3. I’m neutral on the corporate filing fees. i don’t know enough about them to know if they are appropriate or not.
    4. The corporate kicker should go away. The minimum income tax for a corp is 10 bucks. that’s ridiculous. At a minimum they should be paying what an individual tax payer pays. or SOMETHING higher than 10 bucks.

    it would be interesting to see the trends of the state budget… i.e. what the increase in expenditures went to. it would be good to note either way that in 2005 dollars, the $12 billion would be $20.17 Billion when taking inflation into account. even with that in mind, the doubling of spending is a surprise.

    there should be an increase in spending for the OSP. no question.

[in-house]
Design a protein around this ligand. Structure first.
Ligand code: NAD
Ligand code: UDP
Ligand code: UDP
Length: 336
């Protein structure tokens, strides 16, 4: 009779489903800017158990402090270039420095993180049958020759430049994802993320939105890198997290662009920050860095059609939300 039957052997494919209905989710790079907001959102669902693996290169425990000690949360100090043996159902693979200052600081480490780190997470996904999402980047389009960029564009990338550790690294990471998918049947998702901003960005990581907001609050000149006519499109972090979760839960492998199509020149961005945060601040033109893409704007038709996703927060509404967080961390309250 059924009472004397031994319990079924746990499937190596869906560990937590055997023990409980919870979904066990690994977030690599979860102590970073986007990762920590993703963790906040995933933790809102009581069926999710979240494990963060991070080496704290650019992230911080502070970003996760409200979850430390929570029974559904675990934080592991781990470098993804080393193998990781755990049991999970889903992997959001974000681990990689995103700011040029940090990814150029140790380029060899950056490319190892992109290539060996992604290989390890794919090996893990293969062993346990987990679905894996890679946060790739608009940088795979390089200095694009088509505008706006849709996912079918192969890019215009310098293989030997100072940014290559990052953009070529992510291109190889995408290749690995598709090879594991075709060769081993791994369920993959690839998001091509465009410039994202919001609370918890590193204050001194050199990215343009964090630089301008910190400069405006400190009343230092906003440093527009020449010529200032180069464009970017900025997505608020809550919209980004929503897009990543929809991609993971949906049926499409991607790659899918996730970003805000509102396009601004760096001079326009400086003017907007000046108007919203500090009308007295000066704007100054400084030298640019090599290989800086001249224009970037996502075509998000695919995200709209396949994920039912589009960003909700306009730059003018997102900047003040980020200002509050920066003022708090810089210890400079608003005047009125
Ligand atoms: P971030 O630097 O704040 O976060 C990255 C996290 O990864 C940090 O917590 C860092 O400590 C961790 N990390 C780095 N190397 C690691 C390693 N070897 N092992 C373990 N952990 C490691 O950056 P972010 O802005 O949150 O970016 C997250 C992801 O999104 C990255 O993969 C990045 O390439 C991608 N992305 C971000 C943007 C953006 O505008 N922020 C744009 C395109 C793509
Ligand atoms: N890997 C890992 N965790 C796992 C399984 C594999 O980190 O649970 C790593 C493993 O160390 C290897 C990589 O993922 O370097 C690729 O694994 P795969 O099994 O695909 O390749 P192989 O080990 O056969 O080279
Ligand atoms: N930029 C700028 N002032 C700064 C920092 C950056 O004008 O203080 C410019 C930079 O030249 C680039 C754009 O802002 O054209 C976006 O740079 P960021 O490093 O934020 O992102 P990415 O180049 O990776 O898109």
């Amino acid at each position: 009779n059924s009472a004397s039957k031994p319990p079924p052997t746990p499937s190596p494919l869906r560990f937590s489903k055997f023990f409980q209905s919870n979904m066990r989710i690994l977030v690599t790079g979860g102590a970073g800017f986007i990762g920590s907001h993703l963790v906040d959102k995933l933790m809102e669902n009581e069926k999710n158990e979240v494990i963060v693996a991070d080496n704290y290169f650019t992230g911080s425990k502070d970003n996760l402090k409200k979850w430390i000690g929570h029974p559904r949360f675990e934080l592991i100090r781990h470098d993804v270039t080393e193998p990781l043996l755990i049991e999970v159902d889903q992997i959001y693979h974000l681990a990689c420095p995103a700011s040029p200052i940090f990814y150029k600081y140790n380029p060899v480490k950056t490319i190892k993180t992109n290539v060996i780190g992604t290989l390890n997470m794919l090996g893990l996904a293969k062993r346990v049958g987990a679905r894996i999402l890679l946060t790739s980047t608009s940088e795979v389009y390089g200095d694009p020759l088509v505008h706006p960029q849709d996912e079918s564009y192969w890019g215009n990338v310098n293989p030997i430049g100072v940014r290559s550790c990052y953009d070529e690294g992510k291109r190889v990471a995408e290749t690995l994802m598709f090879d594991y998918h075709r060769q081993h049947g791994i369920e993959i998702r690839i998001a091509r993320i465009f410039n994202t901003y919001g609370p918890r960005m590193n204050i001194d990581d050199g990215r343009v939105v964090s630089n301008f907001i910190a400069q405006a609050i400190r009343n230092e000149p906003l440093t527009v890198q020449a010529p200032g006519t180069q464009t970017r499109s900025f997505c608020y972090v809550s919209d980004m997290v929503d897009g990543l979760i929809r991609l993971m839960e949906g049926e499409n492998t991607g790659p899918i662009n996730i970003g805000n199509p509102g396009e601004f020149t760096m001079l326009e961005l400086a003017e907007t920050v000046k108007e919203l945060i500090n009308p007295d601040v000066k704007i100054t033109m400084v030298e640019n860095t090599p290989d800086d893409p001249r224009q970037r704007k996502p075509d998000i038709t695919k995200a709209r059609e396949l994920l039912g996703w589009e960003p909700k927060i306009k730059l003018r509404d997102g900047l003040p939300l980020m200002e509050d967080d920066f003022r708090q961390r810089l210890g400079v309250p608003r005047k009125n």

• Jerry

    Capt Anon should know that any taxes “big evil corporations” pay is simply passed on to the consumer, which is us. What you should be asking is why the state needs to increase its budget 4 to 5 times more than the rate of inflation. But, alas, you are too preoccupied with wealth redistribution to even care. More money, more money, more money. It is always the cry of the weak and ineffectual.

    • Captain.anon

      Jerry, you make many assumptions about me that are completely wrong.
      1. I don’t think big corportations are bad
      2. i’m not interested in wealth distribution.

      part of why the state is increasing it’s budget is:
      1. more capital intensive projects such as bridges, roads etc.
      2. expanding the oregon state patrol considerably in order to have 24/7 coverage on our roads, catch up on rape kits at the state forensic lab etc